Story by Erin Hassanzadeh
While interning for “Elle” last summer, Katherine Dewitt arrived early, rarely took lunch breaks and worked about 70 hours per week.
“I was continuously exhausted because of the work. None of the interns had desks, so we stood during usually 12-hour days,” Dewitt, a 2012 Drake University graduate, said. “I would carry around heavy garment bags of couture coats and haul trunks of clothes to photo shoots.”
While working in New York City, she didn’t make a cent. Dewitt had four roommates and her mother helped pay rent. When she was able to take a lunch break, she ate half and saved half for dinner.
Then there is Shiv Morjaria, who will not have to worry about saving cash this summer as an actuarial science intern in New York City for Towers Watson, a professional services company. The interview process for Morjaria’s internship was like a courtship. He was first flown to New York for his interview.
“They paid for my flights, hotels and expenses,” Morjaria, a Drake junior, said. “They had a car service drive me to all of my interviews, too. It was actually really cool.”
Morjaria, like Dewitt, will lead the life of a summer intern but his days will look a little different. Morjaria will be making $27 an hour working 40-hour weeks. He expects to work up to 60 hours per week, meaning plenty of overtime pay. Morjaria will also receive a living stipend of $450 per week.
“That should cover rent and a meal plan at the NYU dorms,” 21-year-old Morjaria of Mombasa, Kenya, said. “I definitely expect to go out on the weekends, catch a few Broadway shows and go clubbing to see what life in the city is like.”
These opportunities are not unusual for Morjaria, who is pursuing four majors: actuarial science, information systems, finance and math. He is leaving behind his Des Moines internship from last summer where he made $17.50 per hour.
Internships are viewed as commonplace today for college students. According to the National Association of Colleges and Employers, 55 percent of the 2012 graduating class had an internship or co-op experience. For those who take on unpaid internships, questions linger about what is fair, ethical or legal.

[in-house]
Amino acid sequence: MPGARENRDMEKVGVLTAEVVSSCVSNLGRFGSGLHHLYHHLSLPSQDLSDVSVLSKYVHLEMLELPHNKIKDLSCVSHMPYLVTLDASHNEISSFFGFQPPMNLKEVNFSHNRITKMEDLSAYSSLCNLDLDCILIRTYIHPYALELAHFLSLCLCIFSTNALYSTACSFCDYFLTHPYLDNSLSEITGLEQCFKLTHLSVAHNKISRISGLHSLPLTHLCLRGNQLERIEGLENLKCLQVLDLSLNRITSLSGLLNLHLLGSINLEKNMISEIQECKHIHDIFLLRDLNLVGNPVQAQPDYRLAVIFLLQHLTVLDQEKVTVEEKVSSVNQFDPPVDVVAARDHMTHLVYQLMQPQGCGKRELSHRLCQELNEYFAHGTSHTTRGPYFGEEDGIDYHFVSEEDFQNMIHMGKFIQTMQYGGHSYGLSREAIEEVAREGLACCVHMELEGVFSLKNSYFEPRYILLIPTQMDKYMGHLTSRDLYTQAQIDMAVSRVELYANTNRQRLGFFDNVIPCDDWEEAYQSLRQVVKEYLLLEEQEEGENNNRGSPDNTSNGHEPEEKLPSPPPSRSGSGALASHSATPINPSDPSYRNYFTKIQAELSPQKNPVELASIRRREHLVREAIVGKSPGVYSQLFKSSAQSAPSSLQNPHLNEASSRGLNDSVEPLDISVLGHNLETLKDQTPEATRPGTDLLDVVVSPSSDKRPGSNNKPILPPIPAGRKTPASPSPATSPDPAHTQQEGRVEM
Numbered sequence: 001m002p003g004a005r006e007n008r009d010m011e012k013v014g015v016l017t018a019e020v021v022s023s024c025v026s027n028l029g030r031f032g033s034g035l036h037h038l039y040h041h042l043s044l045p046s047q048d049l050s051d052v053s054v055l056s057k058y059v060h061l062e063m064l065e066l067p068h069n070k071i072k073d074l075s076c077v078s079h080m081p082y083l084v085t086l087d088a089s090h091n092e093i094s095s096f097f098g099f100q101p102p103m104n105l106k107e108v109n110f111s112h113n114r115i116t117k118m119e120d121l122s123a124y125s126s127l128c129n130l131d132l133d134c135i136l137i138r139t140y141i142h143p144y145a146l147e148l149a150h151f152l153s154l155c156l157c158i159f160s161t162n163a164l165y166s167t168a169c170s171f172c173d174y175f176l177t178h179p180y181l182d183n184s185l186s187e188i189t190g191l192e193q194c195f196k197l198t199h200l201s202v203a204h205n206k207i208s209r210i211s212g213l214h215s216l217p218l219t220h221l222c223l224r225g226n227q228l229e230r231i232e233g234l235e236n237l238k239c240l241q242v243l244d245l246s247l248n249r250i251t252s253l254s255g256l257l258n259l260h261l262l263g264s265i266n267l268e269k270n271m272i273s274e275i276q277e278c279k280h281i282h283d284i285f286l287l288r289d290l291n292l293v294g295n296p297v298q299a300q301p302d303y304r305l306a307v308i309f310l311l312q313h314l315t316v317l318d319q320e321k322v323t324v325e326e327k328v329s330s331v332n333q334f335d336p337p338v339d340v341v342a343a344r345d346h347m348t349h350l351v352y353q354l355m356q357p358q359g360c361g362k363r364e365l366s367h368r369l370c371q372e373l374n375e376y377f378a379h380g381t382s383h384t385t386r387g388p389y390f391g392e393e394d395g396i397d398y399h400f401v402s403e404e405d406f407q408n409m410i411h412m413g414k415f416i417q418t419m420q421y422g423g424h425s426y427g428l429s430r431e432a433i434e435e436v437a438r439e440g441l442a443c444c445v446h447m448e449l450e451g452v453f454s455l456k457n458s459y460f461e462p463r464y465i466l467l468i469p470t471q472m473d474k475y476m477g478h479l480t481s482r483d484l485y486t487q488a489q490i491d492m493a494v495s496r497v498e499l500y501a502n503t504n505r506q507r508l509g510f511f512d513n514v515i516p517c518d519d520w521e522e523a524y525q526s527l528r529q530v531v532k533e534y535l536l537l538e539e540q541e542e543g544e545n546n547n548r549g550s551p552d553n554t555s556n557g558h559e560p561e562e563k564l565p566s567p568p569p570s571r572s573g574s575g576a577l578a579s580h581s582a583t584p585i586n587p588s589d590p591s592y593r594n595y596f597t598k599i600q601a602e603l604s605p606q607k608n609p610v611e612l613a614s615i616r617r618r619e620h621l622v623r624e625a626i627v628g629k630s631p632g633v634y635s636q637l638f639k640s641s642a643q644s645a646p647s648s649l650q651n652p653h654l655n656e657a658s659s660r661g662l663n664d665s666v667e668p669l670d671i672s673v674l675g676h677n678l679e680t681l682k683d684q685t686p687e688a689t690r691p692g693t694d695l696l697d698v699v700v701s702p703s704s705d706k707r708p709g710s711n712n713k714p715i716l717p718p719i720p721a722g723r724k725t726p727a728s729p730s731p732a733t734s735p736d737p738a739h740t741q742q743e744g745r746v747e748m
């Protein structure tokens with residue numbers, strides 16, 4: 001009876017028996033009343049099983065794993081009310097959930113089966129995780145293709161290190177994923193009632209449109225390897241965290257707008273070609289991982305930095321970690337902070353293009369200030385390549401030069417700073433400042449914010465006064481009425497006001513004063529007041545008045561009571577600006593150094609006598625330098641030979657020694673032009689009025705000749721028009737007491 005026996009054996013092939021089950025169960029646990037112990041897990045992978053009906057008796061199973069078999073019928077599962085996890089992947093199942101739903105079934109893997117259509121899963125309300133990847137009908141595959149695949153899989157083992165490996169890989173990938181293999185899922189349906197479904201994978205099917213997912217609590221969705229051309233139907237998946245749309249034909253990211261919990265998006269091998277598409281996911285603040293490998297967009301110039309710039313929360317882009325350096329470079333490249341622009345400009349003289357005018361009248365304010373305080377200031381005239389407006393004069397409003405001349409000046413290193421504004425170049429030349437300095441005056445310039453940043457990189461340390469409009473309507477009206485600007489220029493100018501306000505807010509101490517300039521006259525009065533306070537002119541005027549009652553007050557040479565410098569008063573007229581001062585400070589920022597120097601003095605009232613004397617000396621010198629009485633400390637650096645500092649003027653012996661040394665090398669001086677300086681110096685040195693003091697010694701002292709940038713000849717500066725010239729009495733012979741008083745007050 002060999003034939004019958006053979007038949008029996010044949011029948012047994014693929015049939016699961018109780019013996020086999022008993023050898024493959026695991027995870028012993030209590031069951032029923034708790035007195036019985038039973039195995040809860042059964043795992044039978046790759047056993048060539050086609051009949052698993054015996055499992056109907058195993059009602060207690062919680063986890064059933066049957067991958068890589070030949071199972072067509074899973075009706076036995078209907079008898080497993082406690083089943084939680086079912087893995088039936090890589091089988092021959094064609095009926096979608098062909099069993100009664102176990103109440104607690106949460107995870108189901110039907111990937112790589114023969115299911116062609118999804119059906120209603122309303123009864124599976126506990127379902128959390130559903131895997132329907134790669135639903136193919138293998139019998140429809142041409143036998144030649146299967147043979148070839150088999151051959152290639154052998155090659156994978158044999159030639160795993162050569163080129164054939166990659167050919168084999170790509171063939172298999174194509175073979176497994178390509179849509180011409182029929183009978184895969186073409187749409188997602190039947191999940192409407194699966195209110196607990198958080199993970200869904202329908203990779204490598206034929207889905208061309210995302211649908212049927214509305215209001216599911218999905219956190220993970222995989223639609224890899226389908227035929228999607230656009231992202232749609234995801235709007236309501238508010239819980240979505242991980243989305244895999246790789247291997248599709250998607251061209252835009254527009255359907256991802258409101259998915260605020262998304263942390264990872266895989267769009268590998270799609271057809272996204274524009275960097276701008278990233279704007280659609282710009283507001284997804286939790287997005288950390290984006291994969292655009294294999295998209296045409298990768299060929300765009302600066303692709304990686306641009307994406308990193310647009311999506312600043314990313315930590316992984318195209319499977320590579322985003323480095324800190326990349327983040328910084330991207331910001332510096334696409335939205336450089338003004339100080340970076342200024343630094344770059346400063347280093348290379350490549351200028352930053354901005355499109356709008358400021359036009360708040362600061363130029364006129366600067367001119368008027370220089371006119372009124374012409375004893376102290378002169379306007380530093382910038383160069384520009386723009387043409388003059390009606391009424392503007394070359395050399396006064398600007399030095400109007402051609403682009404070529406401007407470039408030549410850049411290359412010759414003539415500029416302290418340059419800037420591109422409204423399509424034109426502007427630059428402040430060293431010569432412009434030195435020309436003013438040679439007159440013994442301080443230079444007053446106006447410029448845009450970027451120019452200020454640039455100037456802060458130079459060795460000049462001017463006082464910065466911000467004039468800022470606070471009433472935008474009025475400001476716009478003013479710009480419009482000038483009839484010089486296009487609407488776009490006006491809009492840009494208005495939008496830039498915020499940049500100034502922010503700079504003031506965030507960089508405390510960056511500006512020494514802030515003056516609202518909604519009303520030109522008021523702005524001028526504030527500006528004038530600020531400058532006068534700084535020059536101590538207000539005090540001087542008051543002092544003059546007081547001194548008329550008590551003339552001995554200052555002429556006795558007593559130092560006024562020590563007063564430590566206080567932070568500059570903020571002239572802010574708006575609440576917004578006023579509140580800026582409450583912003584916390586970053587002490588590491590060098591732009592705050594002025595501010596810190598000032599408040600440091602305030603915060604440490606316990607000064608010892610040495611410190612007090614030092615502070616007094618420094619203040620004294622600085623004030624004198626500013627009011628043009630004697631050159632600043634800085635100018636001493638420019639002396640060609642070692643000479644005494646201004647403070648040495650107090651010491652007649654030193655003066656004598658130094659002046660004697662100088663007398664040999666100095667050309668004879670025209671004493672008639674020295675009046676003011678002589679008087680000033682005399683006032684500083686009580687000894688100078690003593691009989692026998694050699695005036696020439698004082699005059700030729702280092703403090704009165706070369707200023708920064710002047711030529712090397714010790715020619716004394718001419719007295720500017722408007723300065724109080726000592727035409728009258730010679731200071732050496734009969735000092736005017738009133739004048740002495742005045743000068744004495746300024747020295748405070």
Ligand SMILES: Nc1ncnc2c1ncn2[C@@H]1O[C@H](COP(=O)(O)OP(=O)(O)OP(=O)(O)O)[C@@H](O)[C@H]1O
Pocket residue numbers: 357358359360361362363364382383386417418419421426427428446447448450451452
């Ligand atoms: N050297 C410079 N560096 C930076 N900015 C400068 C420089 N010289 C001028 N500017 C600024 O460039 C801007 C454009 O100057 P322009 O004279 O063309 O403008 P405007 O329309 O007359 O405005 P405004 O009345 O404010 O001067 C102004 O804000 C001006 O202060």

The consensus from Iowa universities is that internships, paid or unpaid, are increasing. Universities are not required to track internships held by their students, but they say the trends with internships are dictated by the economy and job market.
Annette Watson, career development manager for the college of business and public administration, said companies are bouncing back from
“When the economy was bad there was a rise in unpaid or no interns at all. In the last 12 months internship opportunities have grown overall,”
The U.S. Department of Labor lays out six guidelines employers must follow when employing non-paid individuals. Importantly, employers must treat the internship like an educational experience, not a cheap chance to replace regular employees.
“I think some further clarification from the law is needed regarding non-paid internships,” Jim Seyfer, career adviser for the University of Iowa, said. “It’s difficult for us to enforce … guidelines. If an employer doesn’t treat students fairly, the market will correct that.”
Neglecting these guidelines has recently landed major companies in court. Last year, former intern Xuedan Wang sued her employer, “Harper’s Bazaar,” for minimum wage violations. She claimed to be working between 40 to 55 hours per week as a magazines fashion intern for free. Dewitt did not sympathize with Wang.
“Honestly, she’s kind of ruined the ‘internship experience’ at magazines for us. A lot of companies aren’t even hiring interns any more because it’s being frowned upon,” Dewitt said.
So which industries are paying and which are not?
“It’s just guesswork really,” Seyfer said. “The programs that have the highest rate of unpaid internships would be communications studies and journalism. We would say business and engineering have the highest rate of paid internships.”
While some students are willing to take an unpaid internship to gain experience, network or to earn college credit, National Association of Colleges and Employers (NACE) studies show that internship compensation matters beyond a summer
According to the NACE 2011 Student Survey, the class of 2011 graduates who took part in a paid internship were more likely to get a job offer, have a job in hand by the time they graduated and receive a higher starting salary offer than their peers who had an unpaid internship or no internship.
Morjaria is one of seven interns competing for six full-time positions at Towers and Watson this summer.
“The expectation is that you stay on full-time unless you really mess up,” Morjaria said. “They’ve extended internal promotion to interns.”
For Dewitt, her summer in New York did not translate into a full-time position when she graduated in December.
“Basically, editors say they will help you find a job, but the truth is no one is hiring on the editorial side of magazines,” Dewitt said. “I created very strong, good relationships with all of my editors in my previous internships, and they’ve all told me they wish they could help or that
they will try.”
From business to communications, there is an undisputed value in having internship experience outside of college
“I think my degree is somewhat important, but when interviewing, employers are most interested in hearing about my past internships,” Dewitt said. “No one has ever asked me about my degree, what my classes were like or what projects I worked on in school.”
So what is next for the internship industry?
“We think it will continue to fluctuate with the market,” Seyfer said. “It depends on the industry, but mainly it will fluctuate with the economy.”